SOX is an abbreviation for the Sarbanes-Oxley Act of 2002. Now is the time to learn more about SOX and SOX compliance for publicly listed firms.
What exactly is SOX?
SOX is an abbreviation for the Sarbanes-Oxley Act of 2002, a piece of law enacted to safeguard investors against accounting fraud, especially that connected to shares offered by publicly listed firms.
The Sarbanes-Oxley Act is a deliberate effort to impose severe rules on how firms make financial statements. The legislation requires heightened care when it comes to disclosures about the company’s financial status, especially when it comes to profits and profitability.
It is vital to understand that this regulation only applies to publicly listed firms, or those that offer stock to the general public and institutional investors. Investors and prospective shareholders will only agree to the stated price of the company’s shares if the company’s worth is based on factors such as future profits and present performance. As a result, CEOs and financial officers have a strong incentive and opportunity to alter statistics in order to demonstrate to the world that it is more advantageous to invest in their firm rather than their rivals.
The Sarbanes-Oxley Act of 2002 was enacted in reaction to the early-twentieth-century accounting scandals that took down well-known corporations such as Enron, Tyco, and WorldCom. The acts of dishonest personnel working for the aforementioned firms resulted in a major loss of investor trust in financial accounts.
In other words, unless the system could be revamped and controlled to the point where investors are fully certain of the veracity of the information supplied to the general public, all CEOs and business leaders’ declarations had no more significance.
What Action Should Publicly Traded Companies Take?
It is vital that organisations follow SOX and alter their operations to ensure compliance with SOX.
Some of the most significant things a firm might perform are as follows:
Enforce a stringent code of ethics that addresses a broad range of ethical concerns that may occur, and ensure that everyone in the company understands the standards. In this manner, the company’s bases will be covered in the case of disloyalty.
Understand who your board members are. Your board members must answer to outside parties, as well as shareholders who depend on the company’s financials. Shareholders want board members to be financially savvy, particularly because they may face lawsuits from creditors. Any dishonest behaviour by a board member may cost the firm millions of dollars, therefore make sure there is no current conflict of interest.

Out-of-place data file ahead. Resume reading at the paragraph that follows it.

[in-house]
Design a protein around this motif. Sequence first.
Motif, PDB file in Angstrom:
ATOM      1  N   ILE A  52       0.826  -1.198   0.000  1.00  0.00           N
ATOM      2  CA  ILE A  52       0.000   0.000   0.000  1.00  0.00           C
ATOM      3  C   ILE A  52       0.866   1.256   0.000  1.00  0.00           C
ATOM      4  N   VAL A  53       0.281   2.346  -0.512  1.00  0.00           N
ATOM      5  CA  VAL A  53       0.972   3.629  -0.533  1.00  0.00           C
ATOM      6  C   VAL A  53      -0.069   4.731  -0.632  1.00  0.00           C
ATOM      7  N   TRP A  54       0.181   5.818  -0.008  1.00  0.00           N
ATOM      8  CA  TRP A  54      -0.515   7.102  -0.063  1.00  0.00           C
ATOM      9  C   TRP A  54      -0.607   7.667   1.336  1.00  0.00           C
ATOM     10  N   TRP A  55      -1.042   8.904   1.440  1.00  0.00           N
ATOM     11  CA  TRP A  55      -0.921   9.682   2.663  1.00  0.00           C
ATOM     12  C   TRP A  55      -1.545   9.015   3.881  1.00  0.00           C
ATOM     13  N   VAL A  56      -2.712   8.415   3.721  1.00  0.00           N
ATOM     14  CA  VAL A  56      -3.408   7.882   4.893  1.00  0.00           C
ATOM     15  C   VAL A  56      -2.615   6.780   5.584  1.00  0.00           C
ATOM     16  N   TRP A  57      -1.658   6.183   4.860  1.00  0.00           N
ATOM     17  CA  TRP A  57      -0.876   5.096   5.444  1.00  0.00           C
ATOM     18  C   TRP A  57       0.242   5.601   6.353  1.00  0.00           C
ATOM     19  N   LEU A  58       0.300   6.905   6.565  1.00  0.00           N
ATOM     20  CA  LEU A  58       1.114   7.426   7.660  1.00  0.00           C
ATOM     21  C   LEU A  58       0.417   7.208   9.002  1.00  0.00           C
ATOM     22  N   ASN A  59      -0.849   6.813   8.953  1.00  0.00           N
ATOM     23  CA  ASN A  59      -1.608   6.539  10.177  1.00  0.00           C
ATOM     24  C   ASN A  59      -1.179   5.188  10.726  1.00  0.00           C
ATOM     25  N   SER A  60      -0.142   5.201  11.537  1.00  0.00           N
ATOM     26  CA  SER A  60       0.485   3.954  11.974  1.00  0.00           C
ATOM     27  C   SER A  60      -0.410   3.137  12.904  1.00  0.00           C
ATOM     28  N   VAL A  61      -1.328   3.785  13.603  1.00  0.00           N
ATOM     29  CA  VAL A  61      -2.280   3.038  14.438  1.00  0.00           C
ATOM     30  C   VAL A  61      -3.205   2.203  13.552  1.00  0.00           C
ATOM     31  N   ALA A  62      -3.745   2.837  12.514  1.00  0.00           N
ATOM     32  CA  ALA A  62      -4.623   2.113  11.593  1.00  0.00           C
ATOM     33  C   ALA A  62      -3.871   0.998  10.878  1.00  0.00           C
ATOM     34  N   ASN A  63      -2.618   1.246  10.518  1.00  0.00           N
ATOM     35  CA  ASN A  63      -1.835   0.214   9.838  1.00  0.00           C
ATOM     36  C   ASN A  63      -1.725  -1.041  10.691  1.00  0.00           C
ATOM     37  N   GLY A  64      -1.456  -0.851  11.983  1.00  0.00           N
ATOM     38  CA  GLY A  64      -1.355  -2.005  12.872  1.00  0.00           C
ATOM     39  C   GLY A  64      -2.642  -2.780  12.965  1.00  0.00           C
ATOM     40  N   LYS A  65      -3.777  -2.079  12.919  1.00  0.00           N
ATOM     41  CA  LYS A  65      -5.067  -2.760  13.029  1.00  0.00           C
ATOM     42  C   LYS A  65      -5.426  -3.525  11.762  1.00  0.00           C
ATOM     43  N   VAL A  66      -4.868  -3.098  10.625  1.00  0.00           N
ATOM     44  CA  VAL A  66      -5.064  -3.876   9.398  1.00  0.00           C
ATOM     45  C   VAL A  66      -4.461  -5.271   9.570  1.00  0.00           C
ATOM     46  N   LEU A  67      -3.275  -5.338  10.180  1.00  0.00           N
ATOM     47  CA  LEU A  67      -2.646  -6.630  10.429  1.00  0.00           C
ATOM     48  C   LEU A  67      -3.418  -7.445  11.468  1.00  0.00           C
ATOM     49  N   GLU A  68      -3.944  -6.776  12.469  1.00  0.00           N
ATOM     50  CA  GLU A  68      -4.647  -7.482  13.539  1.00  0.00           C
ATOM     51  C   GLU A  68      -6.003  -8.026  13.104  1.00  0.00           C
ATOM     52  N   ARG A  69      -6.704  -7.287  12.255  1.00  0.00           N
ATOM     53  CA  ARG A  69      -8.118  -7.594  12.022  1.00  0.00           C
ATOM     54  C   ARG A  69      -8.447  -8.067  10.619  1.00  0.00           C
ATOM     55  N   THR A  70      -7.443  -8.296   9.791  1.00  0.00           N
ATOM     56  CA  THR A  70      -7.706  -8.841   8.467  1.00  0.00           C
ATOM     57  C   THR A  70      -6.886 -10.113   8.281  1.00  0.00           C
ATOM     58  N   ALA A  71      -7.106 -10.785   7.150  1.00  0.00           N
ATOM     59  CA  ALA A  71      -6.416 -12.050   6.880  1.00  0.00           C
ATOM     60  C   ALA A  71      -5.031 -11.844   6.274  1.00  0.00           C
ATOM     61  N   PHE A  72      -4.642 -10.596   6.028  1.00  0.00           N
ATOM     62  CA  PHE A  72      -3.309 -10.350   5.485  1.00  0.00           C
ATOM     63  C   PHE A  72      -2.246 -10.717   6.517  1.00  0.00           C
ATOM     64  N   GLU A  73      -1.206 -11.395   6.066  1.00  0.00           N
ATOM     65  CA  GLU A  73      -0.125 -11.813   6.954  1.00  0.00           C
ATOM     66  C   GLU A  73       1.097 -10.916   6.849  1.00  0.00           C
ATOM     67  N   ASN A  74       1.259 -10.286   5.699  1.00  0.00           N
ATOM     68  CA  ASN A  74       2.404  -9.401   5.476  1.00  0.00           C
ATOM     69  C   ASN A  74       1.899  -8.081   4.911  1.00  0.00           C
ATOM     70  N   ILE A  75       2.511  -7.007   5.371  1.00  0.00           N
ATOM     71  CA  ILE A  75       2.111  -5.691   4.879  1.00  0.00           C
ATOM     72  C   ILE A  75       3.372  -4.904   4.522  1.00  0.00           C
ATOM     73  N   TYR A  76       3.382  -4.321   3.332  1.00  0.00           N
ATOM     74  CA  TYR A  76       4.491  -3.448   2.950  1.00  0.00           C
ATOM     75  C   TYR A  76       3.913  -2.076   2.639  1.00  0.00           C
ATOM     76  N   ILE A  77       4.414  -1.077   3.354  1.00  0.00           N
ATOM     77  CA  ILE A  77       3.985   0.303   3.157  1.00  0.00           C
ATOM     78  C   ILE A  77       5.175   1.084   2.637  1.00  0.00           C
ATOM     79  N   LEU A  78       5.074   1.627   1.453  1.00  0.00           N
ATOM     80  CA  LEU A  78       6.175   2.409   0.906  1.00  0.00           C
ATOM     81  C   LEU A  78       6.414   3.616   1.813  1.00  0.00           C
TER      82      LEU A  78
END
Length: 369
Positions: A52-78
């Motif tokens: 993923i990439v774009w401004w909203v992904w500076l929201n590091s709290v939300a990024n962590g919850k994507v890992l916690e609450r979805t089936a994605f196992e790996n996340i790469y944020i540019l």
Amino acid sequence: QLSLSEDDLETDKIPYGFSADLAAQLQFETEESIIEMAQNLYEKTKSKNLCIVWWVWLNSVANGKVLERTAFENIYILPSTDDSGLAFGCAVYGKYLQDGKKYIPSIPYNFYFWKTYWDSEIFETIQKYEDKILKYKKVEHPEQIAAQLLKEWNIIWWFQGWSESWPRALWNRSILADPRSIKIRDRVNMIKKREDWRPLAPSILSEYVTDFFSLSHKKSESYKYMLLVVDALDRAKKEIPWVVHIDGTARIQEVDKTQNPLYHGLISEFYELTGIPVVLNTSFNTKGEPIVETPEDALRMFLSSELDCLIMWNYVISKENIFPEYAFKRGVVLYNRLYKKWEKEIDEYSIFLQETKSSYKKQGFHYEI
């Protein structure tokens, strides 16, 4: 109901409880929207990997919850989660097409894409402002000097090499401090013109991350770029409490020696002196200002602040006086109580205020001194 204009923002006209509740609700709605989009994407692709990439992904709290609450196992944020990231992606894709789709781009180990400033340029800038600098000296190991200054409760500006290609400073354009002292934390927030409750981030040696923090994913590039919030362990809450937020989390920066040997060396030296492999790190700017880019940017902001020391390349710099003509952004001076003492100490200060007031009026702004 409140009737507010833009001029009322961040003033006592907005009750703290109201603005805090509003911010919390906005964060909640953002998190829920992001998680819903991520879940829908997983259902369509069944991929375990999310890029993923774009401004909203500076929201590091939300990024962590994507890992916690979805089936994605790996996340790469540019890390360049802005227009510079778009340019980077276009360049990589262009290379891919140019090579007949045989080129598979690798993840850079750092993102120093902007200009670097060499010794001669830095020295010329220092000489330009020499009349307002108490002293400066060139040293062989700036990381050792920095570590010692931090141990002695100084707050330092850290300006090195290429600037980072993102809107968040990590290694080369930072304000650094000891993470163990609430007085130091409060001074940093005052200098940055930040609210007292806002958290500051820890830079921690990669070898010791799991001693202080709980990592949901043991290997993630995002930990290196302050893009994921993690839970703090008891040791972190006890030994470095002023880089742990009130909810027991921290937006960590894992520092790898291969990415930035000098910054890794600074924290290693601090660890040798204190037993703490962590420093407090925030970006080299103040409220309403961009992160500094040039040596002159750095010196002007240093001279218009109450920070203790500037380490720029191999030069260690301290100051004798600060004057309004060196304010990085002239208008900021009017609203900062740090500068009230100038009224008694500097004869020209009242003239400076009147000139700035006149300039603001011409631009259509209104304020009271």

Form the appropriate committees. A number of committees guarantee that financials are flowing legitimately and that no fraudulent actions are taking place in well-governed firms. To begin, establish a salary committee, an audit committee, a transparency committee, and a nomination committee.
Keep note of the methods you use to raise funds. When your organization’s SOX compliance is documented, investors will be more eager to spend their time and money in your company. This demonstrates to investors that the firm has a high likelihood of growth since it works in an ethical and well-controlled way.
Maintain the organisation of your electronically recorded data. In the event that the firm needs be probed, companies must be able to provide investigators with email communications and other relevant electronic data. Because they would be regarded evidence, any missing electronic data might give the appearance that the evidence has been tampered with.
Check to see whether SAS 70 applies to your firm. If your customers are publicly listed corporations, they may request an SAS 70 report from you. They may want this paperwork to demonstrate that they exclusively outsource to service providers with adequate internal controls, such as yourself.
When it’s time to submit an 8-K report, you’ll know. The 8-K form is used by public corporations to record the occurrence of important corporate events, often transactions or big occurrences. The following are some instances of occurrences that may necessitate a filing:
Creating or Terminating a Material Agreement
Directors are elected.
Articles of Incorporation Amendments
Many more circumstances may necessitate a file, so be sure you consult an 8-K form for additional information.
Compliance with the above will aid in combating corporate corruption and repelling litigation. These best practises will not only allow organisations to keep rigorous financial records, but will also contribute to significant development potential while preserving a clean reputation.